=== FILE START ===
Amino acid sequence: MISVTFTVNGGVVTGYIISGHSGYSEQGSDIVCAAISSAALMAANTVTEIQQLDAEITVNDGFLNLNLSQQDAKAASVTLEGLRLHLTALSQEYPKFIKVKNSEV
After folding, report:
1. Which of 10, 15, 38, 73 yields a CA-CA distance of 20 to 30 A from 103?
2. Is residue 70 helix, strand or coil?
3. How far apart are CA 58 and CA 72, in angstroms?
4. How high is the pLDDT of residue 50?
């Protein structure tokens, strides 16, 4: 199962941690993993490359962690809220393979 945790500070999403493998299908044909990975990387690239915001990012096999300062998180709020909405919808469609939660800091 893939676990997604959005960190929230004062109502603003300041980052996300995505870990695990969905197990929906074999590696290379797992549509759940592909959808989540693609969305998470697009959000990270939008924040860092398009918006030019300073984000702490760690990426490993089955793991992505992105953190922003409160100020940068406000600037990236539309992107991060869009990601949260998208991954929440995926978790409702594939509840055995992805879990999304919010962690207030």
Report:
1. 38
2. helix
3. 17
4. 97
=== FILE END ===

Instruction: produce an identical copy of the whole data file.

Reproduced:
Amino acid sequence: MISVTFTVNGGVVTGYIISGHSGYSEQGSDIVCAAISSAALMAANTVTEIQQLDAEITVNDGFLNLNLSQQDAKAASVTLEGLRLHLTALSQEYPKFIKVKNSEV
After folding, report:
1. Which of 10, 15, 38, 73 yields a CA-CA distance of 20 to 30 A from 103?
2. Is residue 70 helix, strand or coil?
3. How far apart are CA 58 and CA 72, in angstroms?
4. How high is the pLDDT of residue 50?
């Protein structure tokens, strides 16, 4: 199962941690993993490359962690809220393979 945790500070999403493998299908044909990975990387690239915001990012096999300062998180709020909405919808469609939660800091 893939676990997604959005960190929230004062109502603003300041980052996300995505870990695990969905197990929906074999590696290379797992549509759940592909959808989540693609969305998470697009959000990270939008924040860092398009918006030019300073984000702490760690990426490993089955793991992505992105953190922003409160100020940068406000600037990236539309992107991060869009990601949260998208991954929440995926978790409702594939509840055995992805879990999304919010962690207030």
Report:
1. 38
2. helix
3. 17
4. 97